Intestines, the Bear Facts

Many people have seen bear scat; whether it is in pictures, at a zoo or in the wild, it is usually very apparent what the bear had been eating. So how does the food get from one end of the bear to the other?

The teeth start the breakdown process of the food the bear eats. They use their teeth to hold, tear and grind food before swallowing it.

Bears have 42 teeth, except for the sloth bear that only has 40. Humans have 32 teeth.

The dental formula is:
I=3/3, C=1/1, P=3/3,M=1/2 total teeth =42

Bears are omnivores that have relatively unspecialized digestive systems similar to those of carnivores. The primary difference is that bears have an elongated digestive tract; an adaptation that allows bears more efficient digestion of vegetation than other carnivores (Herrero 1985). Unlike ruminants, bears do not have a cecum and can only poorly digest the structural components of plants (Mealey 1975). To compensate for inefficient digestion of cellulose, bears maximize the quality of vegetal food items ingested, typically foraging for plants in phenological stages of highest nutrient availability and digestibility (Herrero 1985).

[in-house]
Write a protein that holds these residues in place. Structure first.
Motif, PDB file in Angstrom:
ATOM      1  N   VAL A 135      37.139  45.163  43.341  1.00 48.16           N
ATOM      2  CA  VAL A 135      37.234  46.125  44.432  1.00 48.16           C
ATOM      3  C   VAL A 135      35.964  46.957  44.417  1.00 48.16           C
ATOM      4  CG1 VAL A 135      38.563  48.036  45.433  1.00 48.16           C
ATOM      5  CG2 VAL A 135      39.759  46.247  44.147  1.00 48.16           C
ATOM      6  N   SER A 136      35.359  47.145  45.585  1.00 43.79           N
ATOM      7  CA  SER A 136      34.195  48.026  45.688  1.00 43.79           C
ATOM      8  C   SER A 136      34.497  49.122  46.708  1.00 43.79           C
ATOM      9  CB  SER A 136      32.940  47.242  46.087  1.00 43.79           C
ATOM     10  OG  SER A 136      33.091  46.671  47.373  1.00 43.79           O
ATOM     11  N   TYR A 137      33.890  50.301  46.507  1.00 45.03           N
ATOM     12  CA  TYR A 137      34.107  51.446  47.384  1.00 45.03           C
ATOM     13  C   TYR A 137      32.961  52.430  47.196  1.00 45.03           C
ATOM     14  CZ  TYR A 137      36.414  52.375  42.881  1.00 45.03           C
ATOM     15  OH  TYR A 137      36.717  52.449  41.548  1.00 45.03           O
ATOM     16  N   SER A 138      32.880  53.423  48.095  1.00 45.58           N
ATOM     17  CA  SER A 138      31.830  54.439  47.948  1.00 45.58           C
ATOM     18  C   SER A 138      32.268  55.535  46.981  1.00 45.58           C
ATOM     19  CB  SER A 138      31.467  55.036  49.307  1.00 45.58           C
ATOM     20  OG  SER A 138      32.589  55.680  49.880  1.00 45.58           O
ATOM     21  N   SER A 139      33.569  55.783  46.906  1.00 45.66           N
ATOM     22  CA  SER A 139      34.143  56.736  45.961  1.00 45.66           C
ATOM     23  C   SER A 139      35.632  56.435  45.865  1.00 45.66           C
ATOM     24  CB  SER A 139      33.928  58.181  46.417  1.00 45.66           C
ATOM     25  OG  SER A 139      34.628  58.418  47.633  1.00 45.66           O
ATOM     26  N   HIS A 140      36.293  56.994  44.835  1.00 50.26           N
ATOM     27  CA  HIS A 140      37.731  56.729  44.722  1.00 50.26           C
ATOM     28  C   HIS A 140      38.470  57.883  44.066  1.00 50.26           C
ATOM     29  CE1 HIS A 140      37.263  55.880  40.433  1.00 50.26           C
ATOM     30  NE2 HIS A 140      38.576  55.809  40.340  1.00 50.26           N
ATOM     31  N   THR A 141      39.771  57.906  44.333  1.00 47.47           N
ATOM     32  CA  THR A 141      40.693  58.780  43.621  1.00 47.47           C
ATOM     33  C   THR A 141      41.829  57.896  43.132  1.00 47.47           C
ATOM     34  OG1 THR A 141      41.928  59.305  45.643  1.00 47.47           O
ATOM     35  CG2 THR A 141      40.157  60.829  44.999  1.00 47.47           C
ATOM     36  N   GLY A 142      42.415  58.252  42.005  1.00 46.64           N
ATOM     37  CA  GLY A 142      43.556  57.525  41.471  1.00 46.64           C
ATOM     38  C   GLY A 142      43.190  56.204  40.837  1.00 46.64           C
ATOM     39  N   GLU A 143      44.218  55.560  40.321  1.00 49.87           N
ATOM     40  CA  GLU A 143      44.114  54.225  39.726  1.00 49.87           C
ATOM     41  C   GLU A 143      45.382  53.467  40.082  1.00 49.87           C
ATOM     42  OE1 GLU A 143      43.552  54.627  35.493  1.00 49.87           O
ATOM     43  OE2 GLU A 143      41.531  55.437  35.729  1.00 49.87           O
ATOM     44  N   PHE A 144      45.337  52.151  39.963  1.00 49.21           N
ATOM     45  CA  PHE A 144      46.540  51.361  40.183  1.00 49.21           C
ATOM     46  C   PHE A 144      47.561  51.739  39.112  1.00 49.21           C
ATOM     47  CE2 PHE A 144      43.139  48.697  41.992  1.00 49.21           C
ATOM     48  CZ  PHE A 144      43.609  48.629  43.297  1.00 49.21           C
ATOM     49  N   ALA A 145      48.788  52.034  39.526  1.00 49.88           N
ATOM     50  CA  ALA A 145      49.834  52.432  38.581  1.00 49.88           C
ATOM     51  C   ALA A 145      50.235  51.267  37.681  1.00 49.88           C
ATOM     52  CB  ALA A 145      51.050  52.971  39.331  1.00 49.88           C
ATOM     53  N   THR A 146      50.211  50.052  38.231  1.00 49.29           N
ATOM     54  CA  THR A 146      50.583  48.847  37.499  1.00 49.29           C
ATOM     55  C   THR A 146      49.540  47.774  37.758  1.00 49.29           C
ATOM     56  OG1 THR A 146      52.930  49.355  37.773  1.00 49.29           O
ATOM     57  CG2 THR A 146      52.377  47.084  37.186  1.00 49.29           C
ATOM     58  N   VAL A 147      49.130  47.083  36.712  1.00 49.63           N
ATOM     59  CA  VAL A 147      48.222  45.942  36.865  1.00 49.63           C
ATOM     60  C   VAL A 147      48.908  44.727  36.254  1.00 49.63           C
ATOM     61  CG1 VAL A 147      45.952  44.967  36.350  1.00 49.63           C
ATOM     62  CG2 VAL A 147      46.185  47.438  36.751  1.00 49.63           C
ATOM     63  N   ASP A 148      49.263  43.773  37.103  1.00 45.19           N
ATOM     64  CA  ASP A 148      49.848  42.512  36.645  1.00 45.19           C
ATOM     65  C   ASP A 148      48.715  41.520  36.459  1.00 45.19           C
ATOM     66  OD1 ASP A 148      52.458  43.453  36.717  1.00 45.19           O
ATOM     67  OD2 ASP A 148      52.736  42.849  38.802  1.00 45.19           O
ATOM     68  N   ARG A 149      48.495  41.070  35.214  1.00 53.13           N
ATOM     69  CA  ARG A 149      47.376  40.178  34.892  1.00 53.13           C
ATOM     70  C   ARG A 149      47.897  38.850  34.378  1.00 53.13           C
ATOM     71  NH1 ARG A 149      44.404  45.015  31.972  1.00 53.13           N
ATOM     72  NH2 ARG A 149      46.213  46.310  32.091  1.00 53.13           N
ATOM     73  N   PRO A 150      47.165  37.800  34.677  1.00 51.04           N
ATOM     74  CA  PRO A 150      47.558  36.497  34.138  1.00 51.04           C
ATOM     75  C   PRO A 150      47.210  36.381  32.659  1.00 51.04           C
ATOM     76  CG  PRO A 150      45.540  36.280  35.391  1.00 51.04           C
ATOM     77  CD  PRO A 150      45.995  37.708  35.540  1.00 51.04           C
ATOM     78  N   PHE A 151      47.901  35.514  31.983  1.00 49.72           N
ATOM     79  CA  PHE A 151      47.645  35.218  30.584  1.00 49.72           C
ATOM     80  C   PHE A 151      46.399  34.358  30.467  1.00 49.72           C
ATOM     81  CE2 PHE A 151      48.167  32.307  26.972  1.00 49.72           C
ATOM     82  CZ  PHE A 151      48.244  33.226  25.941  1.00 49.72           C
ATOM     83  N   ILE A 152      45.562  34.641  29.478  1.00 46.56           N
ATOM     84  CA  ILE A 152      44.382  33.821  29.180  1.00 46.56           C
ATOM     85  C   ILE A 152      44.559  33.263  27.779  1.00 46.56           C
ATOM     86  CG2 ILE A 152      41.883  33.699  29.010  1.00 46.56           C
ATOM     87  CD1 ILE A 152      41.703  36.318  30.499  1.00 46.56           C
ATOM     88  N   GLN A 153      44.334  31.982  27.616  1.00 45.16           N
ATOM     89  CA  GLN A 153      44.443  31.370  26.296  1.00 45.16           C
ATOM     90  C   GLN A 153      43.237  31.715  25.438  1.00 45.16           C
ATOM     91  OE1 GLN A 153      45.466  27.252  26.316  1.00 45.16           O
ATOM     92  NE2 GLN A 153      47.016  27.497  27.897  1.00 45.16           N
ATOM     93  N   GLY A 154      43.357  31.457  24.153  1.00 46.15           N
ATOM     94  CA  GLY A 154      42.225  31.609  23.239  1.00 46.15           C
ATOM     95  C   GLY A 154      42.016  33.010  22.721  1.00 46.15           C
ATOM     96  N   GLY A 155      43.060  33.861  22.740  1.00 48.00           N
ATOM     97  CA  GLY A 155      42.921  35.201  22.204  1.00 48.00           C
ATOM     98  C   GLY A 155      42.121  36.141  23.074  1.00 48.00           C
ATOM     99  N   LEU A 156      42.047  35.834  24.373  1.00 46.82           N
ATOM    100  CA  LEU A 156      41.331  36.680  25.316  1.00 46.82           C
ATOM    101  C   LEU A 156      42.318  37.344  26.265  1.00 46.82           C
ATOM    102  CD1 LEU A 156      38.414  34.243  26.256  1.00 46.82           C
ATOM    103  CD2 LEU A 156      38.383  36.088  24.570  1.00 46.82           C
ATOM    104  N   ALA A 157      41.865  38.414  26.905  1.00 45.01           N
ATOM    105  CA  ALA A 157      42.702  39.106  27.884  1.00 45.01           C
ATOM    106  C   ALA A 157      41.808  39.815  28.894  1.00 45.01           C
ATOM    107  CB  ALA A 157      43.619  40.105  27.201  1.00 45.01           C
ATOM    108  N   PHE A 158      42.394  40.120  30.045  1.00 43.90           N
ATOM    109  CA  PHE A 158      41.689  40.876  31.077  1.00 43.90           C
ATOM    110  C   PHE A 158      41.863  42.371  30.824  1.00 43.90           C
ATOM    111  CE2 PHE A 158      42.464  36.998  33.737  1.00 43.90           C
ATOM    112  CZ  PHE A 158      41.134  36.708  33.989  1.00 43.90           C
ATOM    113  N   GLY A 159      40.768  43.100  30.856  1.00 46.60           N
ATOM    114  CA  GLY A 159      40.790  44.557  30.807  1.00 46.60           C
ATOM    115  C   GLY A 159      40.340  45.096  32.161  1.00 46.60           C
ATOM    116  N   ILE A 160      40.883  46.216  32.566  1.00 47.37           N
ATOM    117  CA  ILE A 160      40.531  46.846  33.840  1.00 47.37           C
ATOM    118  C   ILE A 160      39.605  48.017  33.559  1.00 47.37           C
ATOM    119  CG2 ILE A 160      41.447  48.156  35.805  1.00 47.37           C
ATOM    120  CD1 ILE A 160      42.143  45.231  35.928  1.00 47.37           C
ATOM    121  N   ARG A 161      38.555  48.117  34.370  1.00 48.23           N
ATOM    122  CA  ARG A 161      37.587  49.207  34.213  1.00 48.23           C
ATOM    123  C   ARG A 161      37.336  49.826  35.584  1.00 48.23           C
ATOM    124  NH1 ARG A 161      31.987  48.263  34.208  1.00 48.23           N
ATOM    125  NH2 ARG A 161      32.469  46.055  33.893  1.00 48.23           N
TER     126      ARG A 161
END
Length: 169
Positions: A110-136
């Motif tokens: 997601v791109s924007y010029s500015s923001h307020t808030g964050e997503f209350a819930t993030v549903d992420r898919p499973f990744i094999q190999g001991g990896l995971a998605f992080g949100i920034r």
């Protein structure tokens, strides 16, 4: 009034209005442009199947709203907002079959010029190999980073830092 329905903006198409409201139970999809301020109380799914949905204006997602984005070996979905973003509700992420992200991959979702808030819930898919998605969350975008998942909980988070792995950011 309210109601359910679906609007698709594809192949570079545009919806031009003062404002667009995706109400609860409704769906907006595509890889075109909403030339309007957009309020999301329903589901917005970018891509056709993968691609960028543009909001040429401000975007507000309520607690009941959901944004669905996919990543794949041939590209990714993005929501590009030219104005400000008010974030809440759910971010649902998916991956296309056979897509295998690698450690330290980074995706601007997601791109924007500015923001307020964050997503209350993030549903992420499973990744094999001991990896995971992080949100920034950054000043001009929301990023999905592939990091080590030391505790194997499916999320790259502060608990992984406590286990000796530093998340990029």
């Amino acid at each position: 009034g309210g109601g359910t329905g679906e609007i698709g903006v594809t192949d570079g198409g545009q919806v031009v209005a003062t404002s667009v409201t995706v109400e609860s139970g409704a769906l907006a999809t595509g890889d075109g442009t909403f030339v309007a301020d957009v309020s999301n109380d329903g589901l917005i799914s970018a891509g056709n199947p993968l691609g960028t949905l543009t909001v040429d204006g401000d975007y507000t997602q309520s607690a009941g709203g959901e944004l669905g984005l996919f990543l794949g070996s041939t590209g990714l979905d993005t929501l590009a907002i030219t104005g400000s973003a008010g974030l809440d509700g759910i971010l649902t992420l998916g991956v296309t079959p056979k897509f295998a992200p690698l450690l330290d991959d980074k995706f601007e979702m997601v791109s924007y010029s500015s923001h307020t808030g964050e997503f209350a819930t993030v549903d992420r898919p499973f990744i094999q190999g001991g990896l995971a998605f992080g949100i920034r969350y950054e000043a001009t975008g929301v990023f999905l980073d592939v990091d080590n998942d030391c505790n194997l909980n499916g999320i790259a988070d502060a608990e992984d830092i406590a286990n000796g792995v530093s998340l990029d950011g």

It is thought that the barrel shape of the bear’s body is an indication of a long intestine. Brown bears do have a longer intestinal length than that of a black bear.

Different foods take varying amounts of time to pass through the body. Meat takes about 13 hours while clover takes about 7 hours (Pritchard and Robbins, 1990). Berry seeds pass through unbroken and are able to geminate making bear’s great seed dispersers. Nutrients are also put back into the environment as the feces break down.

These are just two reasons bears are very important to the health of the environment.

Wendy Gardner, GBOP Bear Specialist
photo credit: Dennis Ryan, person belonging to the hat was not eaten
graphic credit:(Clemens 1980; Stevens & Hume 1995)